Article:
This weekend I experimented with Facebook Live for the first (meaningful) time. I am fortunate to be supported by a Bike Shop/Giant Bikes, as an ambassador we are always looking to engage the cycling community (B2C).
We used Facebook Live to record questions and also speak to local businesses. Since I work predominately with B2B it is not a medium of content I have seen used much since the August 2015 launch.
Since Facebook have 1.4bn mobile users (LinkedIn 100m login each month across all devices) the platform is perfectly positioned to be the B2B Marketers new vehicle. Understanding peak viewing times will also aid volume.
A few ideas when using the tool:
- Kinds of content to stream include interviews, Q&As, Behind-the-scenes, client soundbites, future product releases, other larger presentations that could use Live as a secondary stream.
- Once you have chosen your content ensure you have a description that will pull a crowd!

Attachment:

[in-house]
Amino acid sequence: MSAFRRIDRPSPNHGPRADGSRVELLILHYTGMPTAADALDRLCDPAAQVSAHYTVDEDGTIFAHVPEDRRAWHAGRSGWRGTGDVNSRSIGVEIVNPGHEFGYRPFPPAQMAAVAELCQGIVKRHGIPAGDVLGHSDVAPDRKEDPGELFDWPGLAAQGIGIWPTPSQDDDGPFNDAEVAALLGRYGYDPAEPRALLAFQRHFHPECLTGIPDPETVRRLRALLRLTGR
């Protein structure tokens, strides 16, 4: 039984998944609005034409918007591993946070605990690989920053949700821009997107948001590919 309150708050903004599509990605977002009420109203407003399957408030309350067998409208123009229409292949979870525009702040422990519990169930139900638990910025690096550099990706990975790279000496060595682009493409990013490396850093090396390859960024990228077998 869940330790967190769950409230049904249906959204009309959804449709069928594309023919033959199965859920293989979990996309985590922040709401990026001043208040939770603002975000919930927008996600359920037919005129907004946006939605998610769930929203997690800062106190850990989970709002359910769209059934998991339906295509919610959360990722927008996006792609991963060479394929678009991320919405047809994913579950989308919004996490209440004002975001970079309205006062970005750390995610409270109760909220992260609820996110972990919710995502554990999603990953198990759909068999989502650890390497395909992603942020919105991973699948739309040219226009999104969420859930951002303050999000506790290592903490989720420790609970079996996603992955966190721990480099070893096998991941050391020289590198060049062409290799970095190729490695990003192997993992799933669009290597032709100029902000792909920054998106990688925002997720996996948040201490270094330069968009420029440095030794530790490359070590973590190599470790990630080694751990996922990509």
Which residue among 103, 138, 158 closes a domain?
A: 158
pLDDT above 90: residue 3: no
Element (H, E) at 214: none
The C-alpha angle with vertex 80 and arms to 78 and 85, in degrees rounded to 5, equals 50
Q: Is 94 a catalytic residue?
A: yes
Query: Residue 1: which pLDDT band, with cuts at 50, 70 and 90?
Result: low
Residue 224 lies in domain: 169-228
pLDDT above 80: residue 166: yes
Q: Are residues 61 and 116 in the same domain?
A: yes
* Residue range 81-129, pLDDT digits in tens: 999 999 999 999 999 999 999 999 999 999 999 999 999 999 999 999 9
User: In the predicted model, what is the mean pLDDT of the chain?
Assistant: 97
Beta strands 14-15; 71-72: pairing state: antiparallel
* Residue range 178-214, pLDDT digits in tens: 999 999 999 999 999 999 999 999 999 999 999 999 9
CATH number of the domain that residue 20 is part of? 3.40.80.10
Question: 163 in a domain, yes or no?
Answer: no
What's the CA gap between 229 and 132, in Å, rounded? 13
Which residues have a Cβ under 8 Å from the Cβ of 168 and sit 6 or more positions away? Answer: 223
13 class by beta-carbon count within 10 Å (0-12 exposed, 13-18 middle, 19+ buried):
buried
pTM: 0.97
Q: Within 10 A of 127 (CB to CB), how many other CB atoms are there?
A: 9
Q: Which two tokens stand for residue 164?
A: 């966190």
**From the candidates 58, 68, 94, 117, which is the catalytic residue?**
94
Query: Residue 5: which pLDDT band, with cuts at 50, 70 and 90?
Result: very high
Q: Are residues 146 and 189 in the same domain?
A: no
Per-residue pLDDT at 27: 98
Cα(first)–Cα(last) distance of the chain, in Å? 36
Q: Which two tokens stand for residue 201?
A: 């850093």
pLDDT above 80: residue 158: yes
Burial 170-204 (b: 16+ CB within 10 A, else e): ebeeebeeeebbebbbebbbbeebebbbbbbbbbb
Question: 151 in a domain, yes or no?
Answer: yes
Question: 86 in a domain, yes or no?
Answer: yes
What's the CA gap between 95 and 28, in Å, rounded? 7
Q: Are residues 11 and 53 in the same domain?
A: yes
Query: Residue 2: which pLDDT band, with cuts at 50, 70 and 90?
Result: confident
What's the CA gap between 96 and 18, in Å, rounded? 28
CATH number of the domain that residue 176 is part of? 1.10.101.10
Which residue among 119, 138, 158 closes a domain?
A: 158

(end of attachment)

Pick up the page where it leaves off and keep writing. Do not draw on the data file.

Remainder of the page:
- Engage with viewers by name (keep it personal) and respond to questions.
- Go live often and experiment with length of time
- Ensure your audience follow in order to receive notifications of when you are live.
- Have a good internet connection!
Beyond the business benefit of using Facebook Live I can see this being a key recruitment tool for organisations with their future workforce all spending time on the platform. Whilst KPMG have shortened their interview process perhaps they are going to be engaging earlier with digital?
When the Buffalo Bills host the New York Jets on Sept. 15, the game will be streamed live on Twitter and mark the kickoff of much more than just the National Football League’s slate of Thursday Night Football events. Social media sites streaming live sports events could become the new normal as the first of 10 regular-season NFL games will soon be streamed for free on Twitter – the site best known for its 140-character limit. The impact that live streaming initiatives from Twitter and Facebook could have on sports fans and the sports industry is far-reaching. The NFL’s announcement of its streaming partnership with Twitter in April was just the start.